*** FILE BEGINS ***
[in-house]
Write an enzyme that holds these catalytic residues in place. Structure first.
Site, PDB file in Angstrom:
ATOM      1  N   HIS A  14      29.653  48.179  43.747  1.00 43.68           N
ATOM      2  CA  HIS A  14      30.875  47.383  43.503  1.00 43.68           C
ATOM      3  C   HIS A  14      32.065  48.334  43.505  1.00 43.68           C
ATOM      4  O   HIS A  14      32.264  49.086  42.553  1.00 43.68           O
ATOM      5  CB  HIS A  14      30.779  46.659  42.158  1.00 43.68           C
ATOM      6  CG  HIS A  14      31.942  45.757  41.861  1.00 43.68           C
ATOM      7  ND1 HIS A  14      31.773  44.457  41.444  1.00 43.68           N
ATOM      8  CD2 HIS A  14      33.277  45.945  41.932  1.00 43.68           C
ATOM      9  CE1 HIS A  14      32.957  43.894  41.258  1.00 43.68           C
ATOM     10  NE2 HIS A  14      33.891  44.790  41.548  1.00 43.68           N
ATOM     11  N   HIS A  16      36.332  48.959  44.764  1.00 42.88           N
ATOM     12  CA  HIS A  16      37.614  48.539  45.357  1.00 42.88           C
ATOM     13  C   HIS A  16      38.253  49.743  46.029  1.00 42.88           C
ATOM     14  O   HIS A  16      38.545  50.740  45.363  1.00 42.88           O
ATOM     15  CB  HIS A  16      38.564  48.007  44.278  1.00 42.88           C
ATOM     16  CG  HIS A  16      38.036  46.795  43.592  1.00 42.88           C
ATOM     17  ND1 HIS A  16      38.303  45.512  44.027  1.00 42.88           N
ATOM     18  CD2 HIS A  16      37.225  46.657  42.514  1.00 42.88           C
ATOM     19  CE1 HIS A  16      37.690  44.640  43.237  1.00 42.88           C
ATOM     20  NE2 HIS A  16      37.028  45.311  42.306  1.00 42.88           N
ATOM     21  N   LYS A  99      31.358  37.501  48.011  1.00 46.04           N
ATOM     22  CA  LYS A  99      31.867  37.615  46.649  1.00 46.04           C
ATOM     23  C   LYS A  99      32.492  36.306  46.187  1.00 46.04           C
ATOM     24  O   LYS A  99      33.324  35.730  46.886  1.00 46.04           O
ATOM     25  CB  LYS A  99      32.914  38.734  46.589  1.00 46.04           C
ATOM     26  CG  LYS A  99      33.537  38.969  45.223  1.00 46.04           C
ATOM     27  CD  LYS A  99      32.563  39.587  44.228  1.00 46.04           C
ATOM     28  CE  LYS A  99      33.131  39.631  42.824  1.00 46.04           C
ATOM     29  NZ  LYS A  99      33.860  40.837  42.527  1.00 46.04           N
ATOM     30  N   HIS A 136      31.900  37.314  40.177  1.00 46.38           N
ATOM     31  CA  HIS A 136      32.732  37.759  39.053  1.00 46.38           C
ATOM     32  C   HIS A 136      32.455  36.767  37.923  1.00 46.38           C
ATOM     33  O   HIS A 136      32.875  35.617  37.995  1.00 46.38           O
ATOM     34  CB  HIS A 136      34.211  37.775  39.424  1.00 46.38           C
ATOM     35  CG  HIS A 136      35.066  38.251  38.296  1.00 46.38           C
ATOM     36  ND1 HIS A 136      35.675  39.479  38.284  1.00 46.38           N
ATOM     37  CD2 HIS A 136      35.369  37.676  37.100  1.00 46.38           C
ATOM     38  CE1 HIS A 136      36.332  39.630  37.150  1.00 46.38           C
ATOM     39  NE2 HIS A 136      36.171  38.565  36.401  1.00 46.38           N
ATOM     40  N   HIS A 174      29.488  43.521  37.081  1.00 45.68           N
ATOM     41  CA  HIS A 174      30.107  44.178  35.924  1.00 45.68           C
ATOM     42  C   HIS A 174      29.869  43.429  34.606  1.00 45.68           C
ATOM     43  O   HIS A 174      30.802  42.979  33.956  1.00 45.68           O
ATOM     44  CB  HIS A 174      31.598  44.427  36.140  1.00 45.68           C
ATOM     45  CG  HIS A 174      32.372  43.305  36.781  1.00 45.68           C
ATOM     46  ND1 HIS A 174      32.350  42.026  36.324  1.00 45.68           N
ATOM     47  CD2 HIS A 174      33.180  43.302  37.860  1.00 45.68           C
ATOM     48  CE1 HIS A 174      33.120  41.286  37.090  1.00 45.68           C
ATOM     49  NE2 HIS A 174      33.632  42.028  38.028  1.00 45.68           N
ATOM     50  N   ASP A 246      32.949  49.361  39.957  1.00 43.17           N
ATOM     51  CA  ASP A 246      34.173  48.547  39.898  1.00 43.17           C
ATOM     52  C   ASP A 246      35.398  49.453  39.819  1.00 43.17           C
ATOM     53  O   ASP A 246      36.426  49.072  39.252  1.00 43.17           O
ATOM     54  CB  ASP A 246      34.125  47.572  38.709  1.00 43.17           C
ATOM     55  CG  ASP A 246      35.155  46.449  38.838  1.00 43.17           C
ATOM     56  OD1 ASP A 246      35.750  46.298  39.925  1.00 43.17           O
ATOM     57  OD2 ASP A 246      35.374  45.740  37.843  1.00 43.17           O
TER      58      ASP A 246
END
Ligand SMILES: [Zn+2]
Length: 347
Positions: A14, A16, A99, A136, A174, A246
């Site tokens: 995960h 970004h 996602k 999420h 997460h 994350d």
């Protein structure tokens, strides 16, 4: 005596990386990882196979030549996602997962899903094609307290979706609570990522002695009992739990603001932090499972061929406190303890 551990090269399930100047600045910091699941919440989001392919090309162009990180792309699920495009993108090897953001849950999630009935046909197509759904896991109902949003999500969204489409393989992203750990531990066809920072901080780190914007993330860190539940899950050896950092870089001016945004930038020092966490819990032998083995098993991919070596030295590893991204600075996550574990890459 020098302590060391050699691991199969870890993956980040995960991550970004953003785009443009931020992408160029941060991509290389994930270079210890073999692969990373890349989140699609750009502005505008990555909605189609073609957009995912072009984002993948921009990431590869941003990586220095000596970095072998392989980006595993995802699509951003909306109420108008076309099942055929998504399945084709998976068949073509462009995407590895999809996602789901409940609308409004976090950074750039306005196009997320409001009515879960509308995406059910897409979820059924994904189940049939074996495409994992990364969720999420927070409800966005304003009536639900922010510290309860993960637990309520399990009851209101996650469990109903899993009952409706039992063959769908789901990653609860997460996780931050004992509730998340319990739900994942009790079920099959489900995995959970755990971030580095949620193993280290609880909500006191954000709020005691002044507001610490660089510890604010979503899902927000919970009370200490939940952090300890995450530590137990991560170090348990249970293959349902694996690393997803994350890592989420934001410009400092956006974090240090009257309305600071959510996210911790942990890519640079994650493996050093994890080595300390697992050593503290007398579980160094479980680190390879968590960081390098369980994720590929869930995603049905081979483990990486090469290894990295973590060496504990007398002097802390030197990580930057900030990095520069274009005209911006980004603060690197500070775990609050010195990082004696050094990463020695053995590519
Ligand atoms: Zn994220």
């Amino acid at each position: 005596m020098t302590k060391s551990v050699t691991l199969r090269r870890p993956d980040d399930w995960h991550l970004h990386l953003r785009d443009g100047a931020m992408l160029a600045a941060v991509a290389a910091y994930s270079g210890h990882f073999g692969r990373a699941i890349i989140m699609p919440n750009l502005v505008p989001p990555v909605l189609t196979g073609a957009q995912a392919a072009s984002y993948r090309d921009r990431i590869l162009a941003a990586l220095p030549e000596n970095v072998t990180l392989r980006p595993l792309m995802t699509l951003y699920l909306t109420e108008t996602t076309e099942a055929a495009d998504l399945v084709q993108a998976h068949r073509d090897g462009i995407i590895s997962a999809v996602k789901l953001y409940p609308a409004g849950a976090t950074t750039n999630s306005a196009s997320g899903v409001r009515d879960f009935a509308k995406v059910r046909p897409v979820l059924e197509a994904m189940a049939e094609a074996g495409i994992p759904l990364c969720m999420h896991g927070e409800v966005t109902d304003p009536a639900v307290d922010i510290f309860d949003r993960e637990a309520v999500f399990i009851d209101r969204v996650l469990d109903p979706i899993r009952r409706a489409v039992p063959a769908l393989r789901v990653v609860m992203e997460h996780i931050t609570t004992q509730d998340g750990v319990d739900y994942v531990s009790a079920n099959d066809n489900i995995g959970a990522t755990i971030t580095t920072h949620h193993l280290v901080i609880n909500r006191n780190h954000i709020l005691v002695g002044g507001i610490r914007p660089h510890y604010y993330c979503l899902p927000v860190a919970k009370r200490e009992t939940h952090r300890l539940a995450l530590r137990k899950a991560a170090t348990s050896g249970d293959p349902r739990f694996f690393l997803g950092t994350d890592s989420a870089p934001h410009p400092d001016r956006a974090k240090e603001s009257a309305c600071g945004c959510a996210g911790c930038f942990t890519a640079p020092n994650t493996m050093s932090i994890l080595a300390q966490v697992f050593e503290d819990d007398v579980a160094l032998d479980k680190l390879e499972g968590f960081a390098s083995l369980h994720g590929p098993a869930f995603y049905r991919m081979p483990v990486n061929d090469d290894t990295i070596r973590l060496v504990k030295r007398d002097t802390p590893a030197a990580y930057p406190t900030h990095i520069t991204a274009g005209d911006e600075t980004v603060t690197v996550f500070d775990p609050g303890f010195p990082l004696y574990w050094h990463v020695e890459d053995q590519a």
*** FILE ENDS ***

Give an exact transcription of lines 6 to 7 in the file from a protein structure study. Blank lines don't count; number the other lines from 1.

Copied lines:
ATOM      3  C   HIS A  14      32.065  48.334  43.505  1.00 43.68           C
ATOM      4  O   HIS A  14      32.264  49.086  42.553  1.00 43.68           O